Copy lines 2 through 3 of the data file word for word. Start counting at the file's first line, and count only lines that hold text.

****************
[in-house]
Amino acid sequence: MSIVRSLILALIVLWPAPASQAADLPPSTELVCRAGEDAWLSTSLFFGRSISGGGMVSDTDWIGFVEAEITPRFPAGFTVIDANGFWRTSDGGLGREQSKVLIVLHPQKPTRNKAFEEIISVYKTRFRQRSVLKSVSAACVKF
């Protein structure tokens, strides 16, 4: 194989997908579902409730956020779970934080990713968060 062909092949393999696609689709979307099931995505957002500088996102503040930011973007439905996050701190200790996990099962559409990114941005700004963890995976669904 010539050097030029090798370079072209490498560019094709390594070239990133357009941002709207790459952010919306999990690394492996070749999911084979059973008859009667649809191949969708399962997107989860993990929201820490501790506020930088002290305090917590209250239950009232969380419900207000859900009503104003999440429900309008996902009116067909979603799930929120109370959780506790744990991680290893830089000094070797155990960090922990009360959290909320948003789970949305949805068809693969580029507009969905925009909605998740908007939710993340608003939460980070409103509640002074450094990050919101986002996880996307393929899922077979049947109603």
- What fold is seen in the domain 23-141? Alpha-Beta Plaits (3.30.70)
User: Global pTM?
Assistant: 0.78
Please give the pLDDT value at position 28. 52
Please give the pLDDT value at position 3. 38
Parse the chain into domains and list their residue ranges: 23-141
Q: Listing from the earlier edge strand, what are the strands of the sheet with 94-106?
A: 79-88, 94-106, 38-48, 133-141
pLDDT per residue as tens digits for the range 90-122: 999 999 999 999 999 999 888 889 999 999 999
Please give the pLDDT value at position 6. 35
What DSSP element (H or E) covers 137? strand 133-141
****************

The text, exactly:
Amino acid sequence: MSIVRSLILALIVLWPAPASQAADLPPSTELVCRAGEDAWLSTSLFFGRSISGGGMVSDTDWIGFVEAEITPRFPAGFTVIDANGFWRTSDGGLGREQSKVLIVLHPQKPTRNKAFEEIISVYKTRFRQRSVLKSVSAACVKF
């Protein structure tokens, strides 16, 4: 194989997908579902409730956020779970934080990713968060 062909092949393999696609689709979307099931995505957002500088996102503040930011973007439905996050701190200790996990099962559409990114941005700004963890995976669904 010539050097030029090798370079072209490498560019094709390594070239990133357009941002709207790459952010919306999990690394492996070749999911084979059973008859009667649809191949969708399962997107989860993990929201820490501790506020930088002290305090917590209250239950009232969380419900207000859900009503104003999440429900309008996902009116067909979603799930929120109370959780506790744990991680290893830089000094070797155990960090922990009360959290909320948003789970949305949805068809693969580029507009969905925009909605998740908007939710993340608003939460980070409103509640002074450094990050919101986002996880996307393929899922077979049947109603």